Larry and Joe fixing stuff in the shed works sometimes, but oftentimes it doesn't anymore.

    Just my .02
     
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  29. Bill Jennings

    Bill Jennings Touchdown! Greaser! PoA Supporter

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    IMHO, NAPA parts seem to be of much higher quality than the stuff sold at Auto Zone and Advanced Auto. Most of their stuff seems to be cheap Chinese crap.
     
  30. DFH65

    DFH65 Pattern Altitude

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    Agree I have used a lot of their loaner tools.

    This depends, if it is new or remanufactured a lot of the reman stuff is all done by the same 2 or 3 shops and just labeled differently.
     
    Last edited: Jul 3, 2019
  31. JOhnH

    JOhnH Touchdown! Greaser! PoA Supporter

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    Do people really think that $400 is too much to ask for a quality brake job? With all the expenses, regulations, liabilities, frustrations, employee benefits and other costs involved in running a business, do you really expect them to take on a job like that for the price of the parts and a case of beer (like I used to do for friends in college)?
     
  32. FORANE

    FORANE Pattern Altitude

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    would depend on what is being done. Just pads and maybe rotor r&r? caliper work also?
    Simple car or my 1 ton dually rears?

    Personally I think it is too much for routine brake work. I can do it myself typically in less time than it would take to make an appointment and deliver the car to the repair shop. so that influences my decision tree. for jobs I can't do, or don't want to do, I have a quality 1 man shop owner around the corner who is willing to pick up and drop off my car at my home. He is willing to use my parts and very reasonable. so, that influences my decisions also.

    of course the market speaks. Once it is too much for enough people demand will decrease.
     
  33. JOhnH

    JOhnH Touchdown! Greaser! PoA Supporter

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    It also works the other way. If enough people are willing to pay that, then the price will go up until the demand stabilizes. And these days, way too many people have to decide whether to pay up or stop driving (safely). What percentage of the population today do you think really has the ability and/or inclination to do their own brake job? I'm perfectly capable of doing my own. I just don't want to. I've got a garage full of tools that I bought for a specific job and only used them once or twice.
     
  34. DFH65

    DFH65 Pattern Altitude

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    It is what the market will bear so no $400 isn't that bad. Most people don't have the knowledge or skill to do it so they just pay. Cars are becoming more complex and even a brake job can get complicated if you have an electronic emergency brake (on some cars it requires a diagnostic tool/scanner) or if for some reason you need to cycle the ABS pump to bleed it. Your simple ODBII reader isn't going to do that. Most shade tree mechanics are not going to want to shell out the money for a scanner that can.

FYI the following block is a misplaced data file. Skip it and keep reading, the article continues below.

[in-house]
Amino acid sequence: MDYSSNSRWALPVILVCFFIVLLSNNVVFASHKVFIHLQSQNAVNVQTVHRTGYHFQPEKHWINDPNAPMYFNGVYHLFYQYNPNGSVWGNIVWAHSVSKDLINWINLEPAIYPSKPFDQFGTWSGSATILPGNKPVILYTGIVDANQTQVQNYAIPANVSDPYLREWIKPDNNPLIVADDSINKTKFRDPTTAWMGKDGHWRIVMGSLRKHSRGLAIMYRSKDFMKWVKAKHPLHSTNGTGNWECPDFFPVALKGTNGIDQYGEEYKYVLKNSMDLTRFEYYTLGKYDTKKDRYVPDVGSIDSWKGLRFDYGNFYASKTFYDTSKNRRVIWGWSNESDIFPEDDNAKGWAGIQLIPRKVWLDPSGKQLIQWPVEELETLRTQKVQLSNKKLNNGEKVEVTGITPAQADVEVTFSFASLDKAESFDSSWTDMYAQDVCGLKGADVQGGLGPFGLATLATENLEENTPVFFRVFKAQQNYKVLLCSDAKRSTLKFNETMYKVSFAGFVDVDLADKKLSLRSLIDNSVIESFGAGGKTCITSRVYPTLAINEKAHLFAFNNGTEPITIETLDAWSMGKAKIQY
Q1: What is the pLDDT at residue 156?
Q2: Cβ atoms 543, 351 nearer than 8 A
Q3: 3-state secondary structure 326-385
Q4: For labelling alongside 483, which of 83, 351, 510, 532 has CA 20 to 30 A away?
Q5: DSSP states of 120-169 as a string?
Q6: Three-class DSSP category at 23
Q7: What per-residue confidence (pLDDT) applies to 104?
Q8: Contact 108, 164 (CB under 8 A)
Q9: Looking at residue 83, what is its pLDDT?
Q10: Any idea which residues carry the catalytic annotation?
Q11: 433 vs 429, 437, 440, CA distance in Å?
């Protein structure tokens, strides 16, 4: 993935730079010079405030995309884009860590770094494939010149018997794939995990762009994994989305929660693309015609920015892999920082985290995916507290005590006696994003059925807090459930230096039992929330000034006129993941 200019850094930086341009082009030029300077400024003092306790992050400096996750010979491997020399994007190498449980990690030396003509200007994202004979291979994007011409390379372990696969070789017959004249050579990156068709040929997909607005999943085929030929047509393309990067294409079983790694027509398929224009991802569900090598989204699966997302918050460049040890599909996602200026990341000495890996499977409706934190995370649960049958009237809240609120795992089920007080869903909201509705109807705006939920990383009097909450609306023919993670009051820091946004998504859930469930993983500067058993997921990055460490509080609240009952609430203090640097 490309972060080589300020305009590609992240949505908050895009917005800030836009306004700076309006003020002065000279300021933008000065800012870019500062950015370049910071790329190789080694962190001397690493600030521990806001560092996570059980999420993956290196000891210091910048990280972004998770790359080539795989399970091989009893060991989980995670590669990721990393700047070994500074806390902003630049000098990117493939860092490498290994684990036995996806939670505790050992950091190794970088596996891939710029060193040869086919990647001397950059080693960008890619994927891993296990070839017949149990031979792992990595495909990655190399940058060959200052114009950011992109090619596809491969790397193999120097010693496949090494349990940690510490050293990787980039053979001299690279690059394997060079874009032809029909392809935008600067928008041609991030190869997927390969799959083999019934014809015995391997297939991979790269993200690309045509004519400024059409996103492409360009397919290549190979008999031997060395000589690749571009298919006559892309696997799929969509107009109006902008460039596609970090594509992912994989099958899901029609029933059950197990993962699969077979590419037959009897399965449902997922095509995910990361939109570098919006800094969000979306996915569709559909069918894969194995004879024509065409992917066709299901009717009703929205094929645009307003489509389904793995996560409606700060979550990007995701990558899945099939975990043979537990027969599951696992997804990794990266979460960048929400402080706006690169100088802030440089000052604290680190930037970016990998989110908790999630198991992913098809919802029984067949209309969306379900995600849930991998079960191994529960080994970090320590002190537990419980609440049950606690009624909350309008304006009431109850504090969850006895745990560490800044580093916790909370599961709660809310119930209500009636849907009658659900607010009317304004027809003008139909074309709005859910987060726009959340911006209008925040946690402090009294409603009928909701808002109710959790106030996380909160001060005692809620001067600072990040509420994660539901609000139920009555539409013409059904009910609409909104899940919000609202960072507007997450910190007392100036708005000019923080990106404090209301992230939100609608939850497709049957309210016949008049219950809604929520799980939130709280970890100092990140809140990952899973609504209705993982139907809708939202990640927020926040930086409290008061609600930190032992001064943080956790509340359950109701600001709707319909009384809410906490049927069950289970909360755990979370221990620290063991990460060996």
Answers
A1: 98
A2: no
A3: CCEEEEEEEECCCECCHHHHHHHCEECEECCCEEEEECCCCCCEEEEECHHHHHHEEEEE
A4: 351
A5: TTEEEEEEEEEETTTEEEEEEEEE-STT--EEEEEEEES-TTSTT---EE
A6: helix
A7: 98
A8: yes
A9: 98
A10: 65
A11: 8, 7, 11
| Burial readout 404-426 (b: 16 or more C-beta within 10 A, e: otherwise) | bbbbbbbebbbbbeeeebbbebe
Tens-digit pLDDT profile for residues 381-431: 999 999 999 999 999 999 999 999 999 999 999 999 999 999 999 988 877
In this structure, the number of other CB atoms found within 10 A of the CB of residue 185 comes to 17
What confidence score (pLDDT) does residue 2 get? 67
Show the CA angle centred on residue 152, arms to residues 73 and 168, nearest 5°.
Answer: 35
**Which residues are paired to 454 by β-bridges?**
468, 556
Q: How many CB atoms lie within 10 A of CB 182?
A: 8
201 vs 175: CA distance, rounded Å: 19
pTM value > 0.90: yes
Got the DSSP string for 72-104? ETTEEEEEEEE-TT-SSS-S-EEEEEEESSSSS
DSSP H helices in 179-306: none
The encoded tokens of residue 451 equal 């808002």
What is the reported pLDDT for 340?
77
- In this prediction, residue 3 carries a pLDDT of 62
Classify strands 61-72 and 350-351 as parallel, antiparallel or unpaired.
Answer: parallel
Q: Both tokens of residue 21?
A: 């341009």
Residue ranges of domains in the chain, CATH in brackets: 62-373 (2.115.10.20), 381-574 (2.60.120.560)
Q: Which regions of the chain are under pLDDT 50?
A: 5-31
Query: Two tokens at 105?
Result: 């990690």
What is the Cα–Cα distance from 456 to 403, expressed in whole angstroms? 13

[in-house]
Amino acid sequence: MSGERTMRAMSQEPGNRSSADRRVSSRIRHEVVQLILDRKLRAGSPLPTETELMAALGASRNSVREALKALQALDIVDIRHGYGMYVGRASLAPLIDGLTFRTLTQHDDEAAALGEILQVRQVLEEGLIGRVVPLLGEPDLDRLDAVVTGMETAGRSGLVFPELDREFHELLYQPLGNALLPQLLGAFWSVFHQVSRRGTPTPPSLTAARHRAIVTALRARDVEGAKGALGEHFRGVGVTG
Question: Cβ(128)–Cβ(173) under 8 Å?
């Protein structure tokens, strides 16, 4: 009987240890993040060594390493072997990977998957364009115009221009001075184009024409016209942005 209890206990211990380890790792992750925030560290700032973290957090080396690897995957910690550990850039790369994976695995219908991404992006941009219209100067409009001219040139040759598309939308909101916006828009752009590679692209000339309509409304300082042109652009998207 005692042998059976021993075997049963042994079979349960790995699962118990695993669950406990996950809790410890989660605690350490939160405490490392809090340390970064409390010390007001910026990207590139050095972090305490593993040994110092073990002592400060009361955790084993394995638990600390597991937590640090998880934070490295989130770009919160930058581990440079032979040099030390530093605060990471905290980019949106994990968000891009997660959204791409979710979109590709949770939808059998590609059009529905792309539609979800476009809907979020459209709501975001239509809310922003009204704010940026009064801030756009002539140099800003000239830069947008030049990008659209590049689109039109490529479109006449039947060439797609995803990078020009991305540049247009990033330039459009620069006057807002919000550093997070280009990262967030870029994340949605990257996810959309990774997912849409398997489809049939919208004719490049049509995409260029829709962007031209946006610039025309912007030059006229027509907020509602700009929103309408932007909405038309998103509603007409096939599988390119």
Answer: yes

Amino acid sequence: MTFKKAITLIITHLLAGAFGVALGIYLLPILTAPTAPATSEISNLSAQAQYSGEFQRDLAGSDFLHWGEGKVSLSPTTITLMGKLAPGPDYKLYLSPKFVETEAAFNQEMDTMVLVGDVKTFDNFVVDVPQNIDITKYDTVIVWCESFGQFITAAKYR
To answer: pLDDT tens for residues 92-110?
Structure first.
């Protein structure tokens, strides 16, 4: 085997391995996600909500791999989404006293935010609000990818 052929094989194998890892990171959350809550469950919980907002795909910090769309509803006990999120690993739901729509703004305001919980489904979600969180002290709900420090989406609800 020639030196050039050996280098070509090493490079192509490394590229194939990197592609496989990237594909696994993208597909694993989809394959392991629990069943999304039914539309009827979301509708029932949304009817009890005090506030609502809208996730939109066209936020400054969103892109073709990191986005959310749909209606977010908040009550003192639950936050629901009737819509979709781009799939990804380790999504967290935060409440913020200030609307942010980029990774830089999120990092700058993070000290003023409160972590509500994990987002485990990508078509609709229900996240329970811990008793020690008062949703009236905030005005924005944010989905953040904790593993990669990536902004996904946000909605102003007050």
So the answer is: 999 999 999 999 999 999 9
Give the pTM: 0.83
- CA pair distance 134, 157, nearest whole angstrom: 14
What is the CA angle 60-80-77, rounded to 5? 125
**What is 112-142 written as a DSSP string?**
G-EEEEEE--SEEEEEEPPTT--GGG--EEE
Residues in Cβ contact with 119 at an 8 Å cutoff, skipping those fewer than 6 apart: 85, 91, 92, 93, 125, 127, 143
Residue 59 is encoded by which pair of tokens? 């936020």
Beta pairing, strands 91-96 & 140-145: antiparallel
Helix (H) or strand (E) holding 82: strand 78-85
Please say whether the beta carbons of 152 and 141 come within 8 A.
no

35. aftCG

    aftCG Pre-takeoff checklist

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    Hook up a laptop, tell the car to retract the parking brake cylinders. Reset then when you're done. Yep, brutal.

    Software and cables are the first thing I get for any car/motorcycle I own. Saves me thousands.

    Until my current car (which came with a very good warranty) my rule has always been "no one touches my car with a wrench but me". That includes internal engine repairs.

    I still do my own oil changes, 30k, 60k services. The old "you can't work on your own cars anymore" is a myth. They'll even tell you what the problem is if you know how to ask nice.
     
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  36. JOhnH

    JOhnH Touchdown! Greaser! PoA Supporter

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    No, it's not a myth. In most cases, it is totally true.
     
  37. SoonerAviator

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    Agreed, although on modern cars (DOHC/direct injection/turbos) I generally leave the internal engine and transmission stuff to the pros. I'll replace a turbo or do a 120K timing belt service, but I don't have the time or confidence in pulling heads off or fixing worn synchros. Pushrod V8/OHC Inline? Sure, I'll dig into it and enjoy it.
     
  38. DFH65

    DFH65 Pattern Altitude

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    If your into this kind of thing watch some of this guys videos they are great. Guy is a riot and he takes on a kind of Red Greenish style in his videos. Gets old cars running for fun. Back when cars were simpler.

     
  39. NealRomeoGolf

    NealRomeoGolf Cleared for Takeoff

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    So I'm guessing you would have a problem with the $200 oil changes over here in Europe? Sickens me.
     
  40. Clip4

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    Make sure you add the time to research the best price, order, and drive to the post office to your time to compete the brake job.